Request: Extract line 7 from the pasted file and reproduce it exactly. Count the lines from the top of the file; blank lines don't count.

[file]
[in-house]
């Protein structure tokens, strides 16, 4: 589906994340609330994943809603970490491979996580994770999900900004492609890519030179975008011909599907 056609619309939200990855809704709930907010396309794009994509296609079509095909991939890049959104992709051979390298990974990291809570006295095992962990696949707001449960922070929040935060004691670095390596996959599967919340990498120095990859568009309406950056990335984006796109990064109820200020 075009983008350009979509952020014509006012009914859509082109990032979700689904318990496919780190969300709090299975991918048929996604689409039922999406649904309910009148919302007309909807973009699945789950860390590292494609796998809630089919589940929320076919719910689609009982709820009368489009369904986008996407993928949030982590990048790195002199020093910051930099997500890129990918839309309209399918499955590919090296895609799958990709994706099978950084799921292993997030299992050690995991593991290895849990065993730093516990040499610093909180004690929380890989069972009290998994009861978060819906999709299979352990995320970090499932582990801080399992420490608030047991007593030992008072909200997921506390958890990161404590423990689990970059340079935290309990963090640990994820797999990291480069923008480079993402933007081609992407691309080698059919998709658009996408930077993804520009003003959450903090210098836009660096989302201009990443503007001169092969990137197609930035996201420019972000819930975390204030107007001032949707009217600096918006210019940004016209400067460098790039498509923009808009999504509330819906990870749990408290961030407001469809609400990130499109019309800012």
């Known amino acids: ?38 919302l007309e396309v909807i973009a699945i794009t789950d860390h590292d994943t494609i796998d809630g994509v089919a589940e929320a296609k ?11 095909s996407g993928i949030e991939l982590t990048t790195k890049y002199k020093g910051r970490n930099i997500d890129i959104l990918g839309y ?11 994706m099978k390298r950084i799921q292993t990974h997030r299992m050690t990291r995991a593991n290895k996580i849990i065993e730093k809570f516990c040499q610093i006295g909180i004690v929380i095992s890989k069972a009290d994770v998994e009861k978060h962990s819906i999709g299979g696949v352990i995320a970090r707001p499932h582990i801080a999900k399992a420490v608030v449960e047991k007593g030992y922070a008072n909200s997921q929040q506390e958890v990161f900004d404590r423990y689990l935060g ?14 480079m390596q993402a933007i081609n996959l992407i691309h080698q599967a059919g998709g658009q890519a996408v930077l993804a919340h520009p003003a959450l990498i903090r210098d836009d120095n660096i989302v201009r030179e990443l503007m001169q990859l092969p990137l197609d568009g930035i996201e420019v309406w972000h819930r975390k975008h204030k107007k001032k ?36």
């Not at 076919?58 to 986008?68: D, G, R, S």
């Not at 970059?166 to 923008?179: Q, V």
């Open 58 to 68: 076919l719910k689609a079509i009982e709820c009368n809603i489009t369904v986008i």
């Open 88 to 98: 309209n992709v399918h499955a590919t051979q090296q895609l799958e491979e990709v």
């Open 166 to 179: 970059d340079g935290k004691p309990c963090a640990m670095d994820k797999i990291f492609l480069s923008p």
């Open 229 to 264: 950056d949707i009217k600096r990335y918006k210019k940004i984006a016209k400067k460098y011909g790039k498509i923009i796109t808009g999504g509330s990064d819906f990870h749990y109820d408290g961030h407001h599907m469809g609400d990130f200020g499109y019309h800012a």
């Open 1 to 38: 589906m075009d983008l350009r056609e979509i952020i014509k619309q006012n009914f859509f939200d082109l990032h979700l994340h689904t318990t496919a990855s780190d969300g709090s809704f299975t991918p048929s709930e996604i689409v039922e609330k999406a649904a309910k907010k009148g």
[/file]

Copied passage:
């Open 88 to 98: 309209n992709v399918h499955a590919t051979q090296q895609l799958e491979e990709v």